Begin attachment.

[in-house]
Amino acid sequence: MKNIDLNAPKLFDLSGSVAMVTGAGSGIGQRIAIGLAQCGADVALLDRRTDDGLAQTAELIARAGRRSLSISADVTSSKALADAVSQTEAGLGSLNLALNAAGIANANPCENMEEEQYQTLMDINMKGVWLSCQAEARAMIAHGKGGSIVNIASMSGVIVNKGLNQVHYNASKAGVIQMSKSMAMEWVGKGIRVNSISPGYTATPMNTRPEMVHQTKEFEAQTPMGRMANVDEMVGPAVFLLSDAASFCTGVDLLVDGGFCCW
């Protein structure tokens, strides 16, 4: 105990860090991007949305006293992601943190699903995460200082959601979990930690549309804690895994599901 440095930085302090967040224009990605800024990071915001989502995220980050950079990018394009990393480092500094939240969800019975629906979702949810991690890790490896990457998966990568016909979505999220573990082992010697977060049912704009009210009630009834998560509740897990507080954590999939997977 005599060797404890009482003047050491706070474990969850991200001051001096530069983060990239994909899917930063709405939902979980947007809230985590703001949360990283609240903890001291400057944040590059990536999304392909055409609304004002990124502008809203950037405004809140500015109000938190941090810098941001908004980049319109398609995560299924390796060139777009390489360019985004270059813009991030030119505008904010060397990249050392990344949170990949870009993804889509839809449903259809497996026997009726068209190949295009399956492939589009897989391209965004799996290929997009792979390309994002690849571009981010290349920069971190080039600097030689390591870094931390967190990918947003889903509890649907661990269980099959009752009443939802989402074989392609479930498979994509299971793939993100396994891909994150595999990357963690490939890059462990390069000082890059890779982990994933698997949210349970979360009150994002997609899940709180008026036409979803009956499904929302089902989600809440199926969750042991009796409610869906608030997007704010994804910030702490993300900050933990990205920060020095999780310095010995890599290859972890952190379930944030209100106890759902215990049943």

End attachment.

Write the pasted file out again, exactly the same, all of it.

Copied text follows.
[in-house]
Amino acid sequence: MKNIDLNAPKLFDLSGSVAMVTGAGSGIGQRIAIGLAQCGADVALLDRRTDDGLAQTAELIARAGRRSLSISADVTSSKALADAVSQTEAGLGSLNLALNAAGIANANPCENMEEEQYQTLMDINMKGVWLSCQAEARAMIAHGKGGSIVNIASMSGVIVNKGLNQVHYNASKAGVIQMSKSMAMEWVGKGIRVNSISPGYTATPMNTRPEMVHQTKEFEAQTPMGRMANVDEMVGPAVFLLSDAASFCTGVDLLVDGGFCCW
């Protein structure tokens, strides 16, 4: 105990860090991007949305006293992601943190699903995460200082959601979990930690549309804690895994599901 440095930085302090967040224009990605800024990071915001989502995220980050950079990018394009990393480092500094939240969800019975629906979702949810991690890790490896990457998966990568016909979505999220573990082992010697977060049912704009009210009630009834998560509740897990507080954590999939997977 005599060797404890009482003047050491706070474990969850991200001051001096530069983060990239994909899917930063709405939902979980947007809230985590703001949360990283609240903890001291400057944040590059990536999304392909055409609304004002990124502008809203950037405004809140500015109000938190941090810098941001908004980049319109398609995560299924390796060139777009390489360019985004270059813009991030030119505008904010060397990249050392990344949170990949870009993804889509839809449903259809497996026997009726068209190949295009399956492939589009897989391209965004799996290929997009792979390309994002690849571009981010290349920069971190080039600097030689390591870094931390967190990918947003889903509890649907661990269980099959009752009443939802989402074989392609479930498979994509299971793939993100396994891909994150595999990357963690490939890059462990390069000082890059890779982990994933698997949210349970979360009150994002997609899940709180008026036409979803009956499904929302089902989600809440199926969750042991009796409610869906608030997007704010994804910030702490993300900050933990990205920060020095999780310095010995890599290859972890952190379930944030209100106890759902215990049943």